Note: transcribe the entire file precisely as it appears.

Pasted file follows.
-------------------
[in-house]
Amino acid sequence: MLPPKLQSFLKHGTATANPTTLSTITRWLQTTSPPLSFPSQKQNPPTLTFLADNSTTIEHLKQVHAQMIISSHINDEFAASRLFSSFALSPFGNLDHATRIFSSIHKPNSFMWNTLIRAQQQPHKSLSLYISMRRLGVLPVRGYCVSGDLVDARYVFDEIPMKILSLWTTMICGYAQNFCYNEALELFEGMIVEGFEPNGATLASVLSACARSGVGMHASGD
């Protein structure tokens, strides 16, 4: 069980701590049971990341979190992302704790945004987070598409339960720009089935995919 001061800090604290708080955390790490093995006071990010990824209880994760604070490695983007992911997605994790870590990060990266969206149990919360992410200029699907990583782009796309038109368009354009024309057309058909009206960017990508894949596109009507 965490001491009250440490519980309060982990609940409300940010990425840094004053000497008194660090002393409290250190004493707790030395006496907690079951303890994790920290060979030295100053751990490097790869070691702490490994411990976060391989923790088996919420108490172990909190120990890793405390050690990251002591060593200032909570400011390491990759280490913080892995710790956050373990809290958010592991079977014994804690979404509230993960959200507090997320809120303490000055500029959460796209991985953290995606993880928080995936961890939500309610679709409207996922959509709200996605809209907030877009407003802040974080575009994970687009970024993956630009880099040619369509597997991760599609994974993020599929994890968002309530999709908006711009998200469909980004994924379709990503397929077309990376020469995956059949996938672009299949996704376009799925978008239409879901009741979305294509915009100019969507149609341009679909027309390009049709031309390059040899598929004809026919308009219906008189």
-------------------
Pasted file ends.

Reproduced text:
[in-house]
Amino acid sequence: MLPPKLQSFLKHGTATANPTTLSTITRWLQTTSPPLSFPSQKQNPPTLTFLADNSTTIEHLKQVHAQMIISSHINDEFAASRLFSSFALSPFGNLDHATRIFSSIHKPNSFMWNTLIRAQQQPHKSLSLYISMRRLGVLPVRGYCVSGDLVDARYVFDEIPMKILSLWTTMICGYAQNFCYNEALELFEGMIVEGFEPNGATLASVLSACARSGVGMHASGD
């Protein structure tokens, strides 16, 4: 069980701590049971990341979190992302704790945004987070598409339960720009089935995919 001061800090604290708080955390790490093995006071990010990824209880994760604070490695983007992911997605994790870590990060990266969206149990919360992410200029699907990583782009796309038109368009354009024309057309058909009206960017990508894949596109009507 965490001491009250440490519980309060982990609940409300940010990425840094004053000497008194660090002393409290250190004493707790030395006496907690079951303890994790920290060979030295100053751990490097790869070691702490490994411990976060391989923790088996919420108490172990909190120990890793405390050690990251002591060593200032909570400011390491990759280490913080892995710790956050373990809290958010592991079977014994804690979404509230993960959200507090997320809120303490000055500029959460796209991985953290995606993880928080995936961890939500309610679709409207996922959509709200996605809209907030877009407003802040974080575009994970687009970024993956630009880099040619369509597997991760599609994974993020599929994890968002309530999709908006711009998200469909980004994924379709990503397929077309990376020469995956059949996938672009299949996704376009799925978008239409879901009741979305294509915009100019969507149609341009679909027309390009049709031309390059040899598929004809026919308009219906008189």